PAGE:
• Patients with HIV infection
  • Patients who have anaemia
  • Patients who have haemoglobinopathies

Random glucose ≥11.1mmol/L
Fasting glucose TWO required if NO symptoms ≥ 7.0mmol/L
ONE required if symptoms ≥ 7.0mmol/L

Oral Glucose Tolerance Test

≥ 7.0mmol/L at zero hours or ≥ 11.1mmol/L at 2 hours

Random HbA1c TWO required if NO symptoms
ONE result required if symptoms ≥ 48mmol/

Practice Point

If HbA1c or fasting blood glucose level is raised but no symptoms of hyperglycaemia are present the test should be repeated within 2 weeks. If the level is still raised a diagnosis of diabetes is confirmed.

If the result is <42mmol/mol give lifestyle advice then repeat test in 12 months if the patient is asymptomatic, or before if patient develops symptoms. Refer to National Diabetes Prevention Programme / Weight Management Pathway as appropriate if HbA1c 42-47mmol/mol.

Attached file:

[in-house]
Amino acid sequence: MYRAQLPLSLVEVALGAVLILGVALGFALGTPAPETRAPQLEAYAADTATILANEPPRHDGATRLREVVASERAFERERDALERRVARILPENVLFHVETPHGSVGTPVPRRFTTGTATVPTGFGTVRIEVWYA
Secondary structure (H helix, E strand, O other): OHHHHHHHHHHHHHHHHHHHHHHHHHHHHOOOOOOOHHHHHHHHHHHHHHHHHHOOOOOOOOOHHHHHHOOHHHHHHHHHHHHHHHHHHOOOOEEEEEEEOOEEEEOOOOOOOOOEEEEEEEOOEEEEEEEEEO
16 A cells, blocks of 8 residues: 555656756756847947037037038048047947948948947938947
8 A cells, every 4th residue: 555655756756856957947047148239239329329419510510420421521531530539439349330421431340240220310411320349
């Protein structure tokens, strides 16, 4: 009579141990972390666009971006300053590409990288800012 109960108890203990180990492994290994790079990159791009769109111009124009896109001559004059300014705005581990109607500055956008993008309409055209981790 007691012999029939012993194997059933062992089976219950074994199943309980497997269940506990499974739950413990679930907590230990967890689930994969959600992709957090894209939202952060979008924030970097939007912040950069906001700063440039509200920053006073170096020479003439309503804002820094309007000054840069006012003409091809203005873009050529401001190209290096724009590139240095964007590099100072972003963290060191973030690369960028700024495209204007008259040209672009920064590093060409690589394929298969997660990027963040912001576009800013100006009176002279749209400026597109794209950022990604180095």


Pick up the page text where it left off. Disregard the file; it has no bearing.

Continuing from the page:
Once a diagnosis is confirmed HbA1c can be used for monitoring 3 -12 monthly depending on clinical requirement.

  • HbA1c 42-47mmol/mol – refer to National Diabetes Prevention Programme.
  • If fasting plasma glucose is between 6.0-6.9mmol/L,proceed to HbA1c test.
  • These patients are at increased risk of diabetes and increased risk of cardiovascular disease. Review and re-check in 12 months.
  • Intensive lifestyle and risk management advice is a priority. HbA1c should be repeated annually.

An accurate pathological diagnosis is essential to ensure the correct treatment pathway can be followed.

If there is a discrepancy between the HbA1c and the plasma glucose result with a high clinical suspicion of diabetes, fasting plasma glucose should be the preferred test of choice. The HbA1c test can be repeated at 3 months provided the patient is suitable for the criteria.

Practice Point